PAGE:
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Bacterial Detection and Infection Control using Tethered membranes

Funding: 2012: $58,500
2013: $112,000
2014: $107,000
2015: $53,500

Project Member(s): Valenzuela, S.

Funding or Partner Organisation: University of New South Wales (The University of New South Wales)
Australian Research Council (ARC Linkage Projects)
SDX Tethered Membranes (SDx Tethered Membranes Pty Ltd)

Start year: 2012

Summary: This project will develop a rapid diagnostic for detecting live bacteria based on membrane-disruptive toxins secreted by bacterial pathogens. The toxins will be detected from the resistance decrease they cause in a sealed lipid membrane. The diagnostic will have extensive application in triaging human carriers of pathogens, rapidly detecting bacterial contamination during surgical procedures and in managing food safety. Based on the same technology, we will also develop a tool to screen bacterial ion channels to identify compounds that disrupt the channel function and identify potential non-penicillin based antibiotics.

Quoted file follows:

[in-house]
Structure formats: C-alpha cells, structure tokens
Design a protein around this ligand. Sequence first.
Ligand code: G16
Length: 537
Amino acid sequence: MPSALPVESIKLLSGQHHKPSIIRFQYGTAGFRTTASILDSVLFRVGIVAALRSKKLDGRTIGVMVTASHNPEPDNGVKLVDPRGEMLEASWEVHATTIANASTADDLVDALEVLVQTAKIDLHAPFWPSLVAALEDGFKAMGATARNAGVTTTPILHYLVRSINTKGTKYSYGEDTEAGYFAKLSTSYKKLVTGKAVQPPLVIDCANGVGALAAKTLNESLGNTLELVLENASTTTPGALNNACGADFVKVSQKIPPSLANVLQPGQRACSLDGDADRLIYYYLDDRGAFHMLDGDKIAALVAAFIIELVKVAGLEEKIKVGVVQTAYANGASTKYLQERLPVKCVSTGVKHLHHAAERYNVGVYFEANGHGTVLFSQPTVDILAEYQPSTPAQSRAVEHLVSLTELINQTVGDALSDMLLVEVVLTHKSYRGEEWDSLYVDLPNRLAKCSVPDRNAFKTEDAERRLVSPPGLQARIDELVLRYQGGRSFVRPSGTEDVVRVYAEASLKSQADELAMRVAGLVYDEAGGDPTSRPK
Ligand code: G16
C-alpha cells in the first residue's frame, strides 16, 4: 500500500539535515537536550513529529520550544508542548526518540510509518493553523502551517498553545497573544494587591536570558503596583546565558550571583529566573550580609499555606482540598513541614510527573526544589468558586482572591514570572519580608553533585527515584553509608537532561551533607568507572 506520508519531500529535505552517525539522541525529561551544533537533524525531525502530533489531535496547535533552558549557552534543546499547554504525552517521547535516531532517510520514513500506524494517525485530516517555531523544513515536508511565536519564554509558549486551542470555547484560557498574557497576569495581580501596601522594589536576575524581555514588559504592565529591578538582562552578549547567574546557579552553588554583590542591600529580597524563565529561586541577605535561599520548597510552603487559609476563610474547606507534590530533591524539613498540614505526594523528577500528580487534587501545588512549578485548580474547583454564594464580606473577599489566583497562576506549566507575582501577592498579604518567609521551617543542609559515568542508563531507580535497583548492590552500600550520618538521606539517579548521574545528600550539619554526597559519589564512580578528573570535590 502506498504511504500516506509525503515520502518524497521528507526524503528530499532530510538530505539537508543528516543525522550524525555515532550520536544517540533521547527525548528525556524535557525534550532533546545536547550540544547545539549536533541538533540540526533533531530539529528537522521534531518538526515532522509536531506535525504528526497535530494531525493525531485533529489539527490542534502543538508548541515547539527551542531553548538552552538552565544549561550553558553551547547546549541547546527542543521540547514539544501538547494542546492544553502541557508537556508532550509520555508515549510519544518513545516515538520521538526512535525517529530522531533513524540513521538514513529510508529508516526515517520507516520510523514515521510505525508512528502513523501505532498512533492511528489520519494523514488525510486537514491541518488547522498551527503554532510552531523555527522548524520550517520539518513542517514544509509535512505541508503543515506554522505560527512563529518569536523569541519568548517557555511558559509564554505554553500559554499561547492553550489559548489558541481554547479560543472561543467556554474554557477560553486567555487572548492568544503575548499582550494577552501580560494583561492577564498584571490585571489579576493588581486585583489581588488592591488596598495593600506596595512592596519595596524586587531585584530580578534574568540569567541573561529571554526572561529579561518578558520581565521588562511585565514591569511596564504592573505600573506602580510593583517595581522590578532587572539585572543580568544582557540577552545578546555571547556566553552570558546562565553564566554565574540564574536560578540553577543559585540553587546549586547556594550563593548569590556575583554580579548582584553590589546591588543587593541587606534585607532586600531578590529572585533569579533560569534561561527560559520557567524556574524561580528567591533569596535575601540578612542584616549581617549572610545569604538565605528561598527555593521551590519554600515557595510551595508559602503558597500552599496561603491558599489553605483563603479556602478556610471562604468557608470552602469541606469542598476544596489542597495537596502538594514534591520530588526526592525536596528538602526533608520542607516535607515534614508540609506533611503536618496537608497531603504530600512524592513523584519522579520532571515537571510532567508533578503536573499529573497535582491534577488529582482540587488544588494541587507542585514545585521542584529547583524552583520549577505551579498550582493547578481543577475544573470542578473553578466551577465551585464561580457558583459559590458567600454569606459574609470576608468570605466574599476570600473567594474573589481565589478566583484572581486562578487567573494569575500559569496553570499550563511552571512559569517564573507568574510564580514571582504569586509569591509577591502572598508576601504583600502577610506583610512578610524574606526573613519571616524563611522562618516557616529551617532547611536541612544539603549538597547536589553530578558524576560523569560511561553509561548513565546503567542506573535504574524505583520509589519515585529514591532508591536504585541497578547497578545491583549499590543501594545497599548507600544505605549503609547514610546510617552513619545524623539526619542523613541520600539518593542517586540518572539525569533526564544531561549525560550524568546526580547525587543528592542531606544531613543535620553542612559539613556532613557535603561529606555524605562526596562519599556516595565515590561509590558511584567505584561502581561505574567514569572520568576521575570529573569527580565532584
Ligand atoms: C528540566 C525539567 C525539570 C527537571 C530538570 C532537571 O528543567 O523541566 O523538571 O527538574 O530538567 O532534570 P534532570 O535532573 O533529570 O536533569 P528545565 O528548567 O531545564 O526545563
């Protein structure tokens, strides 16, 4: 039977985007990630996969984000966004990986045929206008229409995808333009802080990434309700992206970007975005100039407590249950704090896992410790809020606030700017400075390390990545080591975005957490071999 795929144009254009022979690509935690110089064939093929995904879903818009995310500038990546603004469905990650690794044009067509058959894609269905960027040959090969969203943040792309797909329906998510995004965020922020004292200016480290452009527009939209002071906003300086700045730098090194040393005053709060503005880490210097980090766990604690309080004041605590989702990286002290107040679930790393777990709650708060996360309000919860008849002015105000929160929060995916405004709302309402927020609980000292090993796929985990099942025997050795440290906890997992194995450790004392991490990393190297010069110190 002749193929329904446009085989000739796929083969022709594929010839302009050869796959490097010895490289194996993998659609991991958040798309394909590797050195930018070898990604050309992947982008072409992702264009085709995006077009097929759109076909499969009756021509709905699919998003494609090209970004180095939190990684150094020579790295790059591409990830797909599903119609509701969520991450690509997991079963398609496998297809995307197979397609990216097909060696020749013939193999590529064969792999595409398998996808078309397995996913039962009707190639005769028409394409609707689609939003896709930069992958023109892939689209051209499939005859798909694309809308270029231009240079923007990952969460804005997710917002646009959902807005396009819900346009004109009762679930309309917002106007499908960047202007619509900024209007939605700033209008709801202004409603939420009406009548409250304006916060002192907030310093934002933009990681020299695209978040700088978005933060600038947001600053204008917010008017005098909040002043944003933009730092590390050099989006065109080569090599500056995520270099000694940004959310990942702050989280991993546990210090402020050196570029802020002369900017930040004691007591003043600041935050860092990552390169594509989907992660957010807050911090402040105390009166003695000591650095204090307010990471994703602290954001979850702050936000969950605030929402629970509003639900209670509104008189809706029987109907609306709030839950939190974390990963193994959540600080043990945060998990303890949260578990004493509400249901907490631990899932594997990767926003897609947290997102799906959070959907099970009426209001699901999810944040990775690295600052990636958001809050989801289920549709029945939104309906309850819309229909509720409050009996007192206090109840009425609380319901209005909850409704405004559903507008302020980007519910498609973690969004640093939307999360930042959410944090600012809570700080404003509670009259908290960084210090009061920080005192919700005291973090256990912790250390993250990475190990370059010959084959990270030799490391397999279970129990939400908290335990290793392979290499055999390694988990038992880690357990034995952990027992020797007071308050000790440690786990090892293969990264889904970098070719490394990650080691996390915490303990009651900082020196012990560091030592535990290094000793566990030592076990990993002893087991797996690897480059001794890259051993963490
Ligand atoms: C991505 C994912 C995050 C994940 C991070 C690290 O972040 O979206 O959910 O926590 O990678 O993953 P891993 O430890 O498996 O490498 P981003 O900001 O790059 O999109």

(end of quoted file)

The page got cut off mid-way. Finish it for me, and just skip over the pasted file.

Cranfield, CG, Berry, T, Holt, SA, Hossain, KR, Le Brun, AP, Carne, S, Al Khamici, H, Coster, H, Valenzuela, SM & Cornell, B 2016, 'Evidence of the Key Role of H3O+ in Phospholipid Membrane Morphology', LANGMUIR, vol. 32, no. 41, pp. 10725-10734.
View/Download from: Publisher's site

Keywords: ion channel proteins,membrane biophysics,bacterial toxins,CLIC proteins

FOR Codes: Medical Biotechnology Diagnostics (incl. Biosensors), Expanding Knowledge in Technology, Biomedical Engineering not elsewhere classified, Nanobiotechnology, EXPANDING KNOWLEDGE